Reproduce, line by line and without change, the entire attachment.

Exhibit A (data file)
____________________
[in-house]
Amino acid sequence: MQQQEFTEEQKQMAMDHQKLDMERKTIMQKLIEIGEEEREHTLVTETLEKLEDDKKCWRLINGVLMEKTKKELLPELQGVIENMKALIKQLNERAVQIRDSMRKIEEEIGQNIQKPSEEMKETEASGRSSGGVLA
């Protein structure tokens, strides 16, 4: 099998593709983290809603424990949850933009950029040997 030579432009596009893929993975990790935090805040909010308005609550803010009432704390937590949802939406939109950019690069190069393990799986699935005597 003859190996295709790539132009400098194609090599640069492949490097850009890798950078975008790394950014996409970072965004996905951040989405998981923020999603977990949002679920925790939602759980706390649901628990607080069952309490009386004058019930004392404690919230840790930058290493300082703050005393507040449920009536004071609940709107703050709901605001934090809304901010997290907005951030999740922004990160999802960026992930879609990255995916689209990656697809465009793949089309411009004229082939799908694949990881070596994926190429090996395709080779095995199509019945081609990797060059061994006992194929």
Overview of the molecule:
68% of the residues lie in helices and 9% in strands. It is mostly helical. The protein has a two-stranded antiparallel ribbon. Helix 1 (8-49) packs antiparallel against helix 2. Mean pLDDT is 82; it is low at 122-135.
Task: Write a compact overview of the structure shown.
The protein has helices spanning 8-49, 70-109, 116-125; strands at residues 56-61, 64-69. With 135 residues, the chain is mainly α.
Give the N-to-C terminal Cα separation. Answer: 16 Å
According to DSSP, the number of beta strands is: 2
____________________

[in-house]
Amino acid sequence: MQQQEFTEEQKQMAMDHQKLDMERKTIMQKLIEIGEEEREHTLVTETLEKLEDDKKCWRLINGVLMEKTKKELLPELQGVIENMKALIKQLNERAVQIRDSMRKIEEEIGQNIQKPSEEMKETEASGRSSGGVLA
């Protein structure tokens, strides 16, 4: 099998593709983290809603424990949850933009950029040997 030579432009596009893929993975990790935090805040909010308005609550803010009432704390937590949802939406939109950019690069190069393990799986699935005597 003859190996295709790539132009400098194609090599640069492949490097850009890798950078975008790394950014996409970072965004996905951040989405998981923020999603977990949002679920925790939602759980706390649901628990607080069952309490009386004058019930004392404690919230840790930058290493300082703050005393507040449920009536004071609940709107703050709901605001934090809304901010997290907005951030999740922004990160999802960026992930879609990255995916689209990656697809465009793949089309411009004229082939799908694949990881070596994926190429090996395709080779095995199509019945081609990797060059061994006992194929």
Overview of the molecule:
68% of the residues lie in helices and 9% in strands. It is mostly helical. The protein has a two-stranded antiparallel ribbon. Helix 1 (8-49) packs antiparallel against helix 2. Mean pLDDT is 82; it is low at 122-135.
Task: Write a compact overview of the structure shown.
The protein has helices spanning 8-49, 70-109, 116-125; strands at residues 56-61, 64-69. With 135 residues, the chain is mainly α.
Give the N-to-C terminal Cα separation. Answer: 16 Å
According to DSSP, the number of beta strands is: 2